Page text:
Crozet Island
It is one of four districts of the French Southern and Antarctic Lands. The Crozet Islands were first discovered by the expedition of Marc-Joseph Marion du Fresne, a French explorer, who landed on January 24, 1772 on le de la Possession, claiming the archipelago for France. He named the islands after his second-in-command Jules Crozet (He had already named Marion Island after himself).
In the early 19th century, the islands were often visited by sealers, to the extent that the seals had been nearly exterminated by 1835. Subsequently, whaling was the main activity around the islands, especially by the whalers from Massachusetts.
Shipwrecks occurred frequently at the Crozet Islands. The British sealer Princess of Wales sank in 1821, and the survivors spent two years on the islands. In 1887, the French Tamaris was wrecked and her crew stranded on le des Cochons. They tied a note to the leg of a Giant Petrel, which was found seven months later in Fremantle. Alas, the crew was never recovered. Because shipwrecks around the islands were so common, for some time the Royal Navy dispatched a ship every few years to look for stranded survivors.
France originally administered the islands as a dependency of Madagascar, but they became part of the French Southern Territories in 1955. In 1961, a first research station was set up, but it wasn't until 1963 that the permanent station Alfred Faure opened at Port Albert on le de la Possession (both named after the first leader of the station). The station is staffed by 18 to 30 people (depending on the season) and does meteorological, biological, and geological research and maintains a seismograph.
 
Mr. Zinkann designed pattern / trial coins on Crozet Islands in various metals having 22 mm diameter and 1.0 mm thickness. The CuNi Type II has 1.25 thickness with flat design. He got metal sheets from Johnson Matthey in Boston, Massachusetts and then they were minted at Pressed Metal Products. These coins are known as Double Rooster 20 Francs commemorating the Year of Rooster. High Relief coins were produced in Brass, CuNi Type I, Gold 18K Red and Silver metals. High Relief dies failed after striking of Iridium coin. Details of these coins are indicated below:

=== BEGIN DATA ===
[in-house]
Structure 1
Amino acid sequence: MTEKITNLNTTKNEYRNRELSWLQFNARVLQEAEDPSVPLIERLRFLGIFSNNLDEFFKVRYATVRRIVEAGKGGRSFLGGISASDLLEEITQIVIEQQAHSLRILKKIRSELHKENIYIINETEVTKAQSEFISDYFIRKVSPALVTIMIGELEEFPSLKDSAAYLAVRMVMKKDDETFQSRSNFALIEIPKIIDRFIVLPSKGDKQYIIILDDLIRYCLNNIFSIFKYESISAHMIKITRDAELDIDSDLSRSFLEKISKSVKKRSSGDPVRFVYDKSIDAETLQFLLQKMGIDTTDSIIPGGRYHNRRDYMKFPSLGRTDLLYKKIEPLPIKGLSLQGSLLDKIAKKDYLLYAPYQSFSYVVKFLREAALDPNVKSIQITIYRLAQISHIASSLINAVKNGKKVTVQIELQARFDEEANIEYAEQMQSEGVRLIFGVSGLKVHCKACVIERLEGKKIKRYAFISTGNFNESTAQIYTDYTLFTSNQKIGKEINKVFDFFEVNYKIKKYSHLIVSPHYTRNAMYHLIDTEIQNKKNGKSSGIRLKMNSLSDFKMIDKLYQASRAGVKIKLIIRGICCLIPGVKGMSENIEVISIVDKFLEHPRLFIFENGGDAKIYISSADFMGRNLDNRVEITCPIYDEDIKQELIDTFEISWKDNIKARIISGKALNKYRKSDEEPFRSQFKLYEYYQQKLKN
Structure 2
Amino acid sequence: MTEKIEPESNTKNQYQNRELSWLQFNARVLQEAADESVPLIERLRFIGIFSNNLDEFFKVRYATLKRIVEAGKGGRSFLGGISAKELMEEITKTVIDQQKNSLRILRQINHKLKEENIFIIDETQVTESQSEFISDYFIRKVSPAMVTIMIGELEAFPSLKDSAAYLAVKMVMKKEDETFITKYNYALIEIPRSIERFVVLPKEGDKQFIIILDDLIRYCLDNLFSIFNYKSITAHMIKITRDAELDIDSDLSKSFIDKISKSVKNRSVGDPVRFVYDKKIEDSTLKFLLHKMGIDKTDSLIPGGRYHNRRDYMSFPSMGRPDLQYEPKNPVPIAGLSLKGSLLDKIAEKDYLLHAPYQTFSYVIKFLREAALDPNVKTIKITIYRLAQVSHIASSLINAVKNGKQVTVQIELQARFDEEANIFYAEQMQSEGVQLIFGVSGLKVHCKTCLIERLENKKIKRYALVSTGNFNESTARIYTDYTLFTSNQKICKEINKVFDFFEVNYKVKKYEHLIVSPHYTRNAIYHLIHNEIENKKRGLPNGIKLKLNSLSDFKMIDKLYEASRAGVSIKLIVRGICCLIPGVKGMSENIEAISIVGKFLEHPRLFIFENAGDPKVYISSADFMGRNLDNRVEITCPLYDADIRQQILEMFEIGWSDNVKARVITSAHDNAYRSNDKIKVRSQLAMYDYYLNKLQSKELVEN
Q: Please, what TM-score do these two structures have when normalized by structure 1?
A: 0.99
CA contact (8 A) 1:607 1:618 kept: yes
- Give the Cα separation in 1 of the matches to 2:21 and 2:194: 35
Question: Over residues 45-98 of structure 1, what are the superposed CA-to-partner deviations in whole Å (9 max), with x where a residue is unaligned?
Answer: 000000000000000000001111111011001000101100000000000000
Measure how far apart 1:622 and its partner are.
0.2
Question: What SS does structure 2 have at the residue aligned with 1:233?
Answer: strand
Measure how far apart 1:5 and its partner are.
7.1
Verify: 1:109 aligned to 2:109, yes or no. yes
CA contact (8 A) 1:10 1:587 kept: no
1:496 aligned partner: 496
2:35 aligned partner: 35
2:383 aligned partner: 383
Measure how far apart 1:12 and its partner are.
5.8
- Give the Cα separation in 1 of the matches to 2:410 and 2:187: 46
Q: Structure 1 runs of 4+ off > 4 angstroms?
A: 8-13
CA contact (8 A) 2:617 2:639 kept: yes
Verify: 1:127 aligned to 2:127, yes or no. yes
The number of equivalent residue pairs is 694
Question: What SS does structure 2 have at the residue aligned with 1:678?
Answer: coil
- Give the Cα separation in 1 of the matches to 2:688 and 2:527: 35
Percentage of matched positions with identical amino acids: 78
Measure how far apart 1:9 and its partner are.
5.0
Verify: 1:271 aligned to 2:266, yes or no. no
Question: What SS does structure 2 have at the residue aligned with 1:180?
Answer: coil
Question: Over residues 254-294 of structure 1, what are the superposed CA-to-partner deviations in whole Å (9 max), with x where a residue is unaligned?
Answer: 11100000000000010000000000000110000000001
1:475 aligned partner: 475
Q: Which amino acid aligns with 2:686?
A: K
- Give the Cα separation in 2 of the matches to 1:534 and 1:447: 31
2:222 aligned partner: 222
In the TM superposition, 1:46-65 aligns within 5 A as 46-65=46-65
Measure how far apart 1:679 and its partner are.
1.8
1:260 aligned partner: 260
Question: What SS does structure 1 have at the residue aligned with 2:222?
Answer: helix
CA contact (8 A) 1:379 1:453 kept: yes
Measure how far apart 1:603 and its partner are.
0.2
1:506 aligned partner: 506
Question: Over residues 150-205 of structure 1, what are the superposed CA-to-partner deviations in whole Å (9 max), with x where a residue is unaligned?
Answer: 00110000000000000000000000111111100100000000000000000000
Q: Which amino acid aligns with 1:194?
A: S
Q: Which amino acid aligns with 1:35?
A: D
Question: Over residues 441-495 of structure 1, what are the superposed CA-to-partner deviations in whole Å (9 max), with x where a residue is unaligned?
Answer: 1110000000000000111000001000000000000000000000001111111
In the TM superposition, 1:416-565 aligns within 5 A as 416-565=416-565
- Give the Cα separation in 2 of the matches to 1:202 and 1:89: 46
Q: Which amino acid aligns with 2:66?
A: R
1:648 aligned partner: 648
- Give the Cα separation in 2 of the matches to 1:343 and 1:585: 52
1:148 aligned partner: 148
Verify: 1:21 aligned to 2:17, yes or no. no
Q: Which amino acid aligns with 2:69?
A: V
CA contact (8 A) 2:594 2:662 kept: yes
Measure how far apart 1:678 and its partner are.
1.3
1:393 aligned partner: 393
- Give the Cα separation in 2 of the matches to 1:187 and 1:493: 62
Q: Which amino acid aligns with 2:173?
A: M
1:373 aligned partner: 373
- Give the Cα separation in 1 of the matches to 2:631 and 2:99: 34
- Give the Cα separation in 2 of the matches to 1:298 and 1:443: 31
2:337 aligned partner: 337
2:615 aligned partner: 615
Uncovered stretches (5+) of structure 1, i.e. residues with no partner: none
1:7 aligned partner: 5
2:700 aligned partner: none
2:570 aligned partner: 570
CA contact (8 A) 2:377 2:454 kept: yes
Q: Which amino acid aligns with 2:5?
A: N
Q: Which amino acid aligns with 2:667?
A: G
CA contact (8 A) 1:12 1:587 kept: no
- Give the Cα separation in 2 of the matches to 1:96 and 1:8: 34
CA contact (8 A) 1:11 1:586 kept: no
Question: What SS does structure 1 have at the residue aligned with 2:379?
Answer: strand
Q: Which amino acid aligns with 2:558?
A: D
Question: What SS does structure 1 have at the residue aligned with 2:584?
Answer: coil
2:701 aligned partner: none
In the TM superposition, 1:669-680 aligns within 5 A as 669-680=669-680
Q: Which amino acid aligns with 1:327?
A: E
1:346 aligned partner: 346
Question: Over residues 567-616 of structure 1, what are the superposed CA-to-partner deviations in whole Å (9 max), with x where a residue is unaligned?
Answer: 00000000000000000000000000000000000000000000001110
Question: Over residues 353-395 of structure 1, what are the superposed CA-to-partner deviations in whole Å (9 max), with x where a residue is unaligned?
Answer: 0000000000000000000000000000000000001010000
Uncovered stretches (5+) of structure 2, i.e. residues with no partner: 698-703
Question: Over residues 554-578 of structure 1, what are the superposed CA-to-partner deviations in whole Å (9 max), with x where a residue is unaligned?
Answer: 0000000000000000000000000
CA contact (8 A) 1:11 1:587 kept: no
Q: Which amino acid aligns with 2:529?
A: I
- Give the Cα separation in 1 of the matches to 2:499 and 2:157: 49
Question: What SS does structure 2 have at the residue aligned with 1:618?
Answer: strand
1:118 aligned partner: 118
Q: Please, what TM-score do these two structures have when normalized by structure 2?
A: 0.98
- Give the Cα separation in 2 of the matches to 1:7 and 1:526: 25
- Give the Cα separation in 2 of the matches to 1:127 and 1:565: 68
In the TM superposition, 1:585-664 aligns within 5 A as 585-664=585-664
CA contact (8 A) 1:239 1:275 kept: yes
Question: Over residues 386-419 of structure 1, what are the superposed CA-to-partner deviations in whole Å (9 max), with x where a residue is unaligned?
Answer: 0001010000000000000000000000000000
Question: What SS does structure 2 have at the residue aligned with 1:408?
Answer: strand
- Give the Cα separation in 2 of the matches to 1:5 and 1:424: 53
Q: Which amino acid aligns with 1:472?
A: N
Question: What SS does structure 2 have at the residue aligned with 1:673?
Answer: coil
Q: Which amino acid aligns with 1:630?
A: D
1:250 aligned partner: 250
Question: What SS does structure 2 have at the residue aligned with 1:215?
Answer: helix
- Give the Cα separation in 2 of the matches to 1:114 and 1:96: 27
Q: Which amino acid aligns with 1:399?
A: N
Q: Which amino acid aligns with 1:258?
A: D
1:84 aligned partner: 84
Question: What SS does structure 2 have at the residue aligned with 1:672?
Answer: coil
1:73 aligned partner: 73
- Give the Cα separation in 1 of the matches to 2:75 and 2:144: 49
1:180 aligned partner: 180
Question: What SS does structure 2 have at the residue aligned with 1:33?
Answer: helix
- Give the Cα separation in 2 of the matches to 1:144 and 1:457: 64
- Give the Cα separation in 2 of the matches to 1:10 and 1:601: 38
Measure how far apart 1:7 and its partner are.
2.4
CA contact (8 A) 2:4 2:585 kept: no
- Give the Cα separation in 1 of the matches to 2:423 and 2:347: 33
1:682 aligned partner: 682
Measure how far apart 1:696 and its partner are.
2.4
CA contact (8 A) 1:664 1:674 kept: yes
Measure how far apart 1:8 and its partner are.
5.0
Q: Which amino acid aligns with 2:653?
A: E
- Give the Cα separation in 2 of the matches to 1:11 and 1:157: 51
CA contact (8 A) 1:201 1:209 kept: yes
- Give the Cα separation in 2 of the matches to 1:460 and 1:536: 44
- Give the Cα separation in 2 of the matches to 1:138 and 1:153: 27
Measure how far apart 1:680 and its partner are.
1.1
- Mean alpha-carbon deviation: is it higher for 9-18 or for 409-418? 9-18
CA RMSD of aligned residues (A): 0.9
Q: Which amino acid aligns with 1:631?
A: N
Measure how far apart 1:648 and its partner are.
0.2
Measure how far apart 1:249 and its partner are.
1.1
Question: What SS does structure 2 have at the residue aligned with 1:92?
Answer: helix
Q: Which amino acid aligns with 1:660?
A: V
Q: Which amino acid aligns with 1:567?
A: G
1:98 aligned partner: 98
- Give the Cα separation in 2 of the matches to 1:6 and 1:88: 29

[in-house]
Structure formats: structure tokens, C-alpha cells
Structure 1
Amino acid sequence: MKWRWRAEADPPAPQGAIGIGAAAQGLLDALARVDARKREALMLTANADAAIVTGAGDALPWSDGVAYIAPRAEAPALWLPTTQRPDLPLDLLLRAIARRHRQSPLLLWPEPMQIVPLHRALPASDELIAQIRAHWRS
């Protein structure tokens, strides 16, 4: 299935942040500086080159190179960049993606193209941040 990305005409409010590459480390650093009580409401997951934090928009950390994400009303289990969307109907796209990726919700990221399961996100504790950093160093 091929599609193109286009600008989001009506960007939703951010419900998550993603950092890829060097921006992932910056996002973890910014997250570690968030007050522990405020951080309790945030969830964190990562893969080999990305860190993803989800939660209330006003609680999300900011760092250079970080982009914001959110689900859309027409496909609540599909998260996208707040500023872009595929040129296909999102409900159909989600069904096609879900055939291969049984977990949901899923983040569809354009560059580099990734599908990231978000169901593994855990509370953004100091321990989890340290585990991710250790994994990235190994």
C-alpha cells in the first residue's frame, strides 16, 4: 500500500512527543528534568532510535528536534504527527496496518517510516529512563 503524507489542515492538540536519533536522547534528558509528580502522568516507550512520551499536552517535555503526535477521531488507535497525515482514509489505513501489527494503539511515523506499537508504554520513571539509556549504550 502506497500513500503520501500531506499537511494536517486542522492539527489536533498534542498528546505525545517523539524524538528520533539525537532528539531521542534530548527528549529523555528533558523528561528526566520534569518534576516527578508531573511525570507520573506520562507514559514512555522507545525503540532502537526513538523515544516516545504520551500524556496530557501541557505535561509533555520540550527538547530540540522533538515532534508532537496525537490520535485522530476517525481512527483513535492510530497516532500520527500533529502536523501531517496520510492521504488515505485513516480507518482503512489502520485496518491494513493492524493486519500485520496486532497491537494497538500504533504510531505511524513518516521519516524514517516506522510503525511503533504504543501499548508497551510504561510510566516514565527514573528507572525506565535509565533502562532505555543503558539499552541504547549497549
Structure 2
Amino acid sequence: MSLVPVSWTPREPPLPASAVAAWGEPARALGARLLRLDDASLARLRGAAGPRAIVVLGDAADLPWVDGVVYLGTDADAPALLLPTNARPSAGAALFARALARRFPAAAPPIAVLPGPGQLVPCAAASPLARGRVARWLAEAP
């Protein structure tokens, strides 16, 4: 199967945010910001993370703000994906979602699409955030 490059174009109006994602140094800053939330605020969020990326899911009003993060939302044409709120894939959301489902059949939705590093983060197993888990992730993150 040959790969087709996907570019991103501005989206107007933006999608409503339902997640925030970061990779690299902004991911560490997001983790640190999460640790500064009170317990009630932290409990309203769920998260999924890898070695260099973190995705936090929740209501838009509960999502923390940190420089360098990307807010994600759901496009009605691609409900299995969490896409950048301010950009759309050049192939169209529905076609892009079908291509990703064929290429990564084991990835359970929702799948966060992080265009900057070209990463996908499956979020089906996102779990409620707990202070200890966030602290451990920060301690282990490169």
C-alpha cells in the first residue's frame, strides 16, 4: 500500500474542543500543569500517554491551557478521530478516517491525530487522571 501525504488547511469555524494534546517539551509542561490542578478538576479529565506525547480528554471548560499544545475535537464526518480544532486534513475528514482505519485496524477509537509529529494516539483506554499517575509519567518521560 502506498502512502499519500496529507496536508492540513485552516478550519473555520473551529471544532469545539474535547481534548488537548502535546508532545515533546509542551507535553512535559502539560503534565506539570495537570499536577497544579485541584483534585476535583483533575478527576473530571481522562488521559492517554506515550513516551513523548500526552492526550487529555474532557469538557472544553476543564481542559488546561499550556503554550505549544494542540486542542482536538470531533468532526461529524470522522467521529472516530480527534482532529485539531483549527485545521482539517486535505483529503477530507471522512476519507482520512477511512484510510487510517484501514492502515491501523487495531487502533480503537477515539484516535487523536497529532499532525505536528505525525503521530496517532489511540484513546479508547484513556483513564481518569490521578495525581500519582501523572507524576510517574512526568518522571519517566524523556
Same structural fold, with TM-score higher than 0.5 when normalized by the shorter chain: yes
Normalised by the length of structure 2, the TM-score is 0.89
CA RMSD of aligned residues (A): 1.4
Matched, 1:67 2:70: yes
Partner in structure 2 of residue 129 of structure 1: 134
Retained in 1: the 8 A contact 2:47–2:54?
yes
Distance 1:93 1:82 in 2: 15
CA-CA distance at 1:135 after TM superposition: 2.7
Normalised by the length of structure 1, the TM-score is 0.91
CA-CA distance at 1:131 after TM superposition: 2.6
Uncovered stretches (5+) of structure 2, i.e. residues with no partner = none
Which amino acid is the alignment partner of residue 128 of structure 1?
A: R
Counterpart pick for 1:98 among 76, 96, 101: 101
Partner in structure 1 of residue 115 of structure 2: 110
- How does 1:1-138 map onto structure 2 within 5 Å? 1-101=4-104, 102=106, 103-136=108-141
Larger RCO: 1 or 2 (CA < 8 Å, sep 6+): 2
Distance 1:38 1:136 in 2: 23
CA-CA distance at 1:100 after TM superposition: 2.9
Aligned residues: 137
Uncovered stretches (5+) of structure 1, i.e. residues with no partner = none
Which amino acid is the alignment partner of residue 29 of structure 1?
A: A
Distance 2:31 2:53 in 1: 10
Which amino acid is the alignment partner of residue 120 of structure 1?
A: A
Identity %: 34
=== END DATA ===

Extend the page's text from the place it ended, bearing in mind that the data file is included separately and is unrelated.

Metal Mintage Year Weight Edge
         
Brass - High Relief 25 2005 4.85g Plain
Brass - Low Relief 25 2005 3.9g Plain
Copper-Nickel Type I (3D design) 25 2005 4.5g Plain
Copper-Nickel Type II (Flat) Low Relief 25 2005 3.7g Plain
Gold (18K) [.750Au .250Ag] Green unknown 2005 6.6g Plain
Gold (18K) [.750Au .125Ag .125Cu] Yellow 07 2005 5.8g Plain
Gold (18K) [.750Au .250Cu] Red 01 2005 5.6g Plain
Iridium - High Relief 01 2005 N/A Plain
Iridium - Low Relief 03 2005 11.2 Plain
Hafnium - Low Relief 04 2005 5.2g Plain
Molybdenum - Low Relief 04 2005 3.95g Plain
Niobium - Low Relief 04 2005 3.2g Plain
Silver - Low Relief 25 2005 6.5g Plain
Tantalum - Low Relief 20 2005 6.3g Plain
Tungstun - Low Relief 02 2005 6.5g Plain
Vanadium - Low Relief 04 2005 2.3g Plain
Zirconium - Low Relief 03 2005 2.7g Plain
 
Information on Molybdenum:

Symbol: Mo, Atomic Number: 42, Atomic mass: 95.94 g/mol, Density: 10.28 gcm−3, Melting Point: 2623 C. Molybdenum is a hard, heavy, grayish-colored metal that is very corrosion resistant. The metal's primary use is as an alloying agent to promote hardness in specialty steels used for high-speed cutting tools. It is very resistant to corrosion by acids and many other corrosive materials. Pure molybdenum thin sheet is used for x-ray tubes and electric furnaces due to its resistance to high temperatures.

 

Information on Tantalum:

Symbol: Ta, Atomic Number: 73, Atomic mass: 180.94788 g/mol, Density: 16.69 gcm−3, Melting Point: 3017 C. Tantalum is an extremely hard, durable gray-colored metal which has excellent corrosion resistance. With the right lighting and surface texture Tantalum shows a definite pinkish tinge to its metallic color. The metal has many uses including electrolytic capacitors, in alloys to improve properties, and surgical and dental tools. It is a good crucible material due to its resistance to corrosive materials. Tantalum has an extremely high melting point, exceeded only by osmium, rhenium and tungsten, and is also very dense.

 
 I got my 20 Francs Molybdenum and Tantalum coins from Elizabeth Anne Zinkann (ezinkann@comcast.net).
 
 
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